But the 17th century changed everything. Louis XIV forced his nobles to live in Versailles to prevent a rebellion as in England where nobles under Oliver Cromwell ganged-up against King Charles I and decapitated him. Louis XIV was decisive – this would not happen to him. In Versailles, his dukes and lords were under close control. But thousands of nobles in one castle created a unique problem: unbearable stench of body odour. The rich and famous bathed once a week - maybe – and if they could afford it, they used goat milk with rose petals. Difficult to get rid of your body odour this way. Something needed to be done. The first idea was to make everybody wear perfumed gloves, then perfumed clothes, then perfumed wigs. But it was not enough. Liquids were required which could be applied on the naked skin, behind the ears, on the wrist and behind the knee.

Perfume Bottles allowed the Owners to carry their Freshness in their pockets (18th Cent.)

With demand in place, many regions in pre-modern Europe - Calabria and Sicily - launched a perfume business. But Grasse had a few advantages which it used fully:

  • You need fire wood to boil water. With many forests nearby, there was plenty. Tannery already required a lot of wood. It was a simple switch

  • Distillation also requires a lot of water. Thanks to ample winter rains, there was plenty in Grasse. It was also needed for tannery. Again, people just repurposed it.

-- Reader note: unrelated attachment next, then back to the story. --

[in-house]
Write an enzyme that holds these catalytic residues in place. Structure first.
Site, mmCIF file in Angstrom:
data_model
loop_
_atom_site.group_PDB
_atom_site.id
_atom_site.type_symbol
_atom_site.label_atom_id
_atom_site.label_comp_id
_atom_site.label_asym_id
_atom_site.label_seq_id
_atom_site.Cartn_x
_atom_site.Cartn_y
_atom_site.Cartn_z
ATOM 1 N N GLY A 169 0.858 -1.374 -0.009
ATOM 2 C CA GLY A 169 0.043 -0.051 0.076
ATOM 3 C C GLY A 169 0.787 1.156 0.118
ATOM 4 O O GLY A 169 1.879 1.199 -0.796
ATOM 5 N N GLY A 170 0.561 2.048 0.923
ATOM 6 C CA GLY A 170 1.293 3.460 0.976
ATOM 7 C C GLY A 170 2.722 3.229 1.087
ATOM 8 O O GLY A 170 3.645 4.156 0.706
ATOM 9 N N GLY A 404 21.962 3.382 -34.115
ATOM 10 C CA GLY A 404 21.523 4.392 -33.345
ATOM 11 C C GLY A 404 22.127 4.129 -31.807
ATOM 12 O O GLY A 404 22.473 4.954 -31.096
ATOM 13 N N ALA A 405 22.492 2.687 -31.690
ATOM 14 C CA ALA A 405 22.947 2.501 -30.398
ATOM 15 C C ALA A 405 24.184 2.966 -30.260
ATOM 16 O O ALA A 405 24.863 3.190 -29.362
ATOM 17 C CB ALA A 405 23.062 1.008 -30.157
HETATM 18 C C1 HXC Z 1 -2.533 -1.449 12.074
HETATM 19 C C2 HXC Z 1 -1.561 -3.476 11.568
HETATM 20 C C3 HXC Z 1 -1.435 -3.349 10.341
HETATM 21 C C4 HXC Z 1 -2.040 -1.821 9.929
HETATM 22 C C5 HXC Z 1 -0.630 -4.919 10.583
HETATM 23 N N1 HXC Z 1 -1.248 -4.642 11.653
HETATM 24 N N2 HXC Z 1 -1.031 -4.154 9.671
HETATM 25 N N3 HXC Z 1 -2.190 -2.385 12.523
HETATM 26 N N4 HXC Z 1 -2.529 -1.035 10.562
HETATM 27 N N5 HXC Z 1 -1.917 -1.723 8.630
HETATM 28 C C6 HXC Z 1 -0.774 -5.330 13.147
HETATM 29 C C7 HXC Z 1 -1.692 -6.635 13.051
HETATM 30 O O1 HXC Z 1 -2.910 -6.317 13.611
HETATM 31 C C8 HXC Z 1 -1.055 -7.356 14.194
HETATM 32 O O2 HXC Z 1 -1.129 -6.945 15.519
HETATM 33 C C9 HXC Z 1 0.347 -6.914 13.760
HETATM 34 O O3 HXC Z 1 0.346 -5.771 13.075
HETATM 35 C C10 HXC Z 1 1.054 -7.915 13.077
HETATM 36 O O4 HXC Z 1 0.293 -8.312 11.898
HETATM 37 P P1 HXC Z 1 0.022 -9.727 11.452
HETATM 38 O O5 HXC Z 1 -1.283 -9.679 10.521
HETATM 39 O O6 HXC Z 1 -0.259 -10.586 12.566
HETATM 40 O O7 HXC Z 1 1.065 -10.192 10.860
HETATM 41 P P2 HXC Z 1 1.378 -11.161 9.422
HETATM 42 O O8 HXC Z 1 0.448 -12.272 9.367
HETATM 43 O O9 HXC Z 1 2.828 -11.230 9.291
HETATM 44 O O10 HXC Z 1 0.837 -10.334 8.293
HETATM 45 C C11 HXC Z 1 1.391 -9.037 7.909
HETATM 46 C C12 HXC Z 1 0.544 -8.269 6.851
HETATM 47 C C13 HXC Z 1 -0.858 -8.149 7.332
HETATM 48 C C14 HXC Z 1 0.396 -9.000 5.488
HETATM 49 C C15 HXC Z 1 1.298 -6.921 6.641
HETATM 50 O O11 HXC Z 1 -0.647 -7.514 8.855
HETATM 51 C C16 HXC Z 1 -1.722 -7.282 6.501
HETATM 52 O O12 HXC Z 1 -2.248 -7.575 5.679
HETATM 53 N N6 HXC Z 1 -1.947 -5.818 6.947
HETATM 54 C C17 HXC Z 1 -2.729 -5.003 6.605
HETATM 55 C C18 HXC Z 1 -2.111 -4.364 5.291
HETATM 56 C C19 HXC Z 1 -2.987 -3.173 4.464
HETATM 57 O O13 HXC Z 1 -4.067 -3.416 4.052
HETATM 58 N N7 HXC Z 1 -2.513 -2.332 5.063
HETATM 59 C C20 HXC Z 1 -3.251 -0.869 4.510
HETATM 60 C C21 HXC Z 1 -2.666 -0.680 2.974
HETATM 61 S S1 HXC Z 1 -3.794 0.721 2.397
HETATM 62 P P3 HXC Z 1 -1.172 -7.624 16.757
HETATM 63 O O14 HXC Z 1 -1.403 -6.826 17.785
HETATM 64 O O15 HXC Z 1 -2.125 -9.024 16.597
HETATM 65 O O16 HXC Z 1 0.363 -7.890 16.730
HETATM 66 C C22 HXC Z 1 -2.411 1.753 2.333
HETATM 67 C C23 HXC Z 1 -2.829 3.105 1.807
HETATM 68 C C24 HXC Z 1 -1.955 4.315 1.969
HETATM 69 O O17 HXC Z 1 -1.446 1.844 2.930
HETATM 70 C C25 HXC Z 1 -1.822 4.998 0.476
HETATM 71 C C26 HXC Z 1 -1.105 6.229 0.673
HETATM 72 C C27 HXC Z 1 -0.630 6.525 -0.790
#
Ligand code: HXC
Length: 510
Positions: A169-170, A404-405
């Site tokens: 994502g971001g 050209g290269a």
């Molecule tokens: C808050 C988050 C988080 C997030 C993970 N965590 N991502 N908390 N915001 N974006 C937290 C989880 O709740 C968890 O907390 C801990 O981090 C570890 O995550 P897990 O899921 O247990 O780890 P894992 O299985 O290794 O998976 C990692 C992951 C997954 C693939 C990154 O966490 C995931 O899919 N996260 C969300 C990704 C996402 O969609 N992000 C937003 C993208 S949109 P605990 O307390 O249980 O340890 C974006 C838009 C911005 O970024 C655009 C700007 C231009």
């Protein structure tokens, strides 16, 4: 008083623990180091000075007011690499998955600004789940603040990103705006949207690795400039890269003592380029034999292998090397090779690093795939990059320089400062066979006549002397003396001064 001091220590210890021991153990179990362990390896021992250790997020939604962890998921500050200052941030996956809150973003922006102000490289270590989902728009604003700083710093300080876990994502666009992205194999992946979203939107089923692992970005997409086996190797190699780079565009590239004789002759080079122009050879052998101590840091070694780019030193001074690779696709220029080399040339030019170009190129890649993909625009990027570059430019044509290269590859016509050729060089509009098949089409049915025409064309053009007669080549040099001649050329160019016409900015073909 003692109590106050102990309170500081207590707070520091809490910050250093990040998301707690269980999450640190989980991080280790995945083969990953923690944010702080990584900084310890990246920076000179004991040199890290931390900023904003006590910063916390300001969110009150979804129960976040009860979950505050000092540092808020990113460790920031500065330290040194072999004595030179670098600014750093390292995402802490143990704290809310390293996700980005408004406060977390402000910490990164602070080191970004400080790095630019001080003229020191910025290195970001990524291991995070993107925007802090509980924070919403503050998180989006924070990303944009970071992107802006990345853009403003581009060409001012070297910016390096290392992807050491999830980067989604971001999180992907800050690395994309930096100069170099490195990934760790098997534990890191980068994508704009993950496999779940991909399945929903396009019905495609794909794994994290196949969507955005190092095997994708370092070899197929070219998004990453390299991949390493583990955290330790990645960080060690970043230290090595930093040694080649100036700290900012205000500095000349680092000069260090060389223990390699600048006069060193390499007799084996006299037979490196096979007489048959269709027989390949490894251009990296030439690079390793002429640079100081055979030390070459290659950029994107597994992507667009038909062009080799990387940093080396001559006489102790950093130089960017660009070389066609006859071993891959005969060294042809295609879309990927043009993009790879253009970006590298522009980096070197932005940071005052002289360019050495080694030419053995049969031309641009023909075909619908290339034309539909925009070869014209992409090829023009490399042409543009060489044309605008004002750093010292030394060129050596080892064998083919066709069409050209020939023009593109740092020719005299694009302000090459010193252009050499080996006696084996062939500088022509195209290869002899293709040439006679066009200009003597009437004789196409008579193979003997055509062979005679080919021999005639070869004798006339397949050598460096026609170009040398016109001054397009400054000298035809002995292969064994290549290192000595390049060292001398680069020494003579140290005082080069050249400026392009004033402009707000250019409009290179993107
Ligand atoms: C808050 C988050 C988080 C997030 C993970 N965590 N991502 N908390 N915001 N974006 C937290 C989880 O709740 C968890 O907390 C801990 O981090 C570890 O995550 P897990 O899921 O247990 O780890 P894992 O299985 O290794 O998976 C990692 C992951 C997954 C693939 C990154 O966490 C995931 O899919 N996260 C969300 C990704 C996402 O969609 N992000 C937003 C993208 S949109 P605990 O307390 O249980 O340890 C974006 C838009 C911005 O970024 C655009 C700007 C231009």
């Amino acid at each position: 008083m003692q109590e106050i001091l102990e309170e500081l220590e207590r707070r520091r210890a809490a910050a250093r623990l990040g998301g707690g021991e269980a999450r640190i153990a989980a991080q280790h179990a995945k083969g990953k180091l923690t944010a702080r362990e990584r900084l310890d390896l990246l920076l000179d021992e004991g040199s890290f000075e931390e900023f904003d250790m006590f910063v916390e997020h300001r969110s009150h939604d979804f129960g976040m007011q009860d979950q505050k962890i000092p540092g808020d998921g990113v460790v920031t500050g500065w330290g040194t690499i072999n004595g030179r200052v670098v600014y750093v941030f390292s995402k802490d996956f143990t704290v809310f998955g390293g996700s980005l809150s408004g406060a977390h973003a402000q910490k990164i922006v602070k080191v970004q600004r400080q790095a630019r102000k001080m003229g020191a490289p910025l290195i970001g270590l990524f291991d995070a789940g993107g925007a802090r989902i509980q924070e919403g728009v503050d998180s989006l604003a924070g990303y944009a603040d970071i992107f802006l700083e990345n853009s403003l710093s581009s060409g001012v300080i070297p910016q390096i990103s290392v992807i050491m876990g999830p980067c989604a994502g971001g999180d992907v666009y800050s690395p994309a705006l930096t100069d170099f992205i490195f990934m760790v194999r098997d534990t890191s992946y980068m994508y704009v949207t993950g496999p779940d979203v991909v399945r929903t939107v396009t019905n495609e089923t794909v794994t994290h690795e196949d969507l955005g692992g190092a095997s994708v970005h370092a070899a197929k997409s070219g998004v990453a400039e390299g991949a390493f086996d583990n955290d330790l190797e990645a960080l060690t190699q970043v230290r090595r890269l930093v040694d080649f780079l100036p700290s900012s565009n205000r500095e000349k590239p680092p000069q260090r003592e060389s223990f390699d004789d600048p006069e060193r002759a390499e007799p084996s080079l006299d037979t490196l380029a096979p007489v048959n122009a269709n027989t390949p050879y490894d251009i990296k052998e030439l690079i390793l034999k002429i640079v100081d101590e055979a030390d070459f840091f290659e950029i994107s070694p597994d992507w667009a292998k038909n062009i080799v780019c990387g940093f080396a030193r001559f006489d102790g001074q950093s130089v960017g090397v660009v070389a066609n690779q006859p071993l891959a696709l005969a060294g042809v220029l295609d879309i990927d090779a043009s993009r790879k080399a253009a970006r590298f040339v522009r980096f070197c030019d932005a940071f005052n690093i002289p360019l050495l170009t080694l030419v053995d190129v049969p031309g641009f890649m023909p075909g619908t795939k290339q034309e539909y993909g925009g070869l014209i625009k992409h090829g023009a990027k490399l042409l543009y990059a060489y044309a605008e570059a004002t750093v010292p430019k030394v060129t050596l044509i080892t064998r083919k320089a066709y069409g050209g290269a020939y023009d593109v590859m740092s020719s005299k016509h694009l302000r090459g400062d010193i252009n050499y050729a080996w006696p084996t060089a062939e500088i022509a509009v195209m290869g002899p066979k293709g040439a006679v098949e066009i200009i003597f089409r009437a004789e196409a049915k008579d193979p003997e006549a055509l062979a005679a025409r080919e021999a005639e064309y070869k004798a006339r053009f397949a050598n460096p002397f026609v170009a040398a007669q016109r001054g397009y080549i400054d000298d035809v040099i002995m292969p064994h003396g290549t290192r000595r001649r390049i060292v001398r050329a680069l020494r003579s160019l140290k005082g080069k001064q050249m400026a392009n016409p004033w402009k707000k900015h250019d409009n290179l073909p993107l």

• You need distillation equipment – the Provence was rich in copper and could make its own equipment. Only centuries later did glass replace the old distillation tools.

  • Without alcohol it is impossible to preserve the large quantities of floral essences extracted. Luckily, with so many vineyards in the vicinity, this was no problem either. Distillation of alcohol was a century old tradition. With three or four distillation cycles one gets pretty pure alcohol

Old Distillation Equipment is now exhibited in the Museum Galimard in Grasse

  • The soil in Provence was perfect for planting lavender, roses and marguerites, to name just a few. What easier than remove the wines and olives and plant flowers?

  • A skilled labor force was needed to handle large cauldrons and produce the volume of essence needed to meet demand. Grasse had tanners who knew how to do this.

  • People in Grasse also had access to a trade network which could supply ingredients like musk and civet and distribute the final product. “Liquid luxury” was expensive. The merchants from Genoa and Marseille handled the payments.

  • Last but not least, Louis XIV was a mercantilist who prioritised French production. Perfumes from the Spanish territories Sicily and Calabria could not be imported.

Grasse was the right place at the right time. Within a few years, making perfumes completely replaced the smelly tannery business. Up to 600 tons of flowers were processed every year. The town exchanged stinky smells for floral whiffs.

Chanel's Flower Fields in Grasse

Of course, the story reads different in official history books. We hear about epiphanies of local farmers, the ingenuity of early distillers, Louis XIV’s love of perfume, ancient stories from the Middle East. Most is actually true, but only part of the story. Right time - right place is more accurate. We are going to visit Grasse, the fields and the wonderful museums when the boat docks in Cannes. We cannot miss the place where liquid luxury was reborn.

Thanks to its History, Grasse attracts today many Visitors who come for the Flower Fields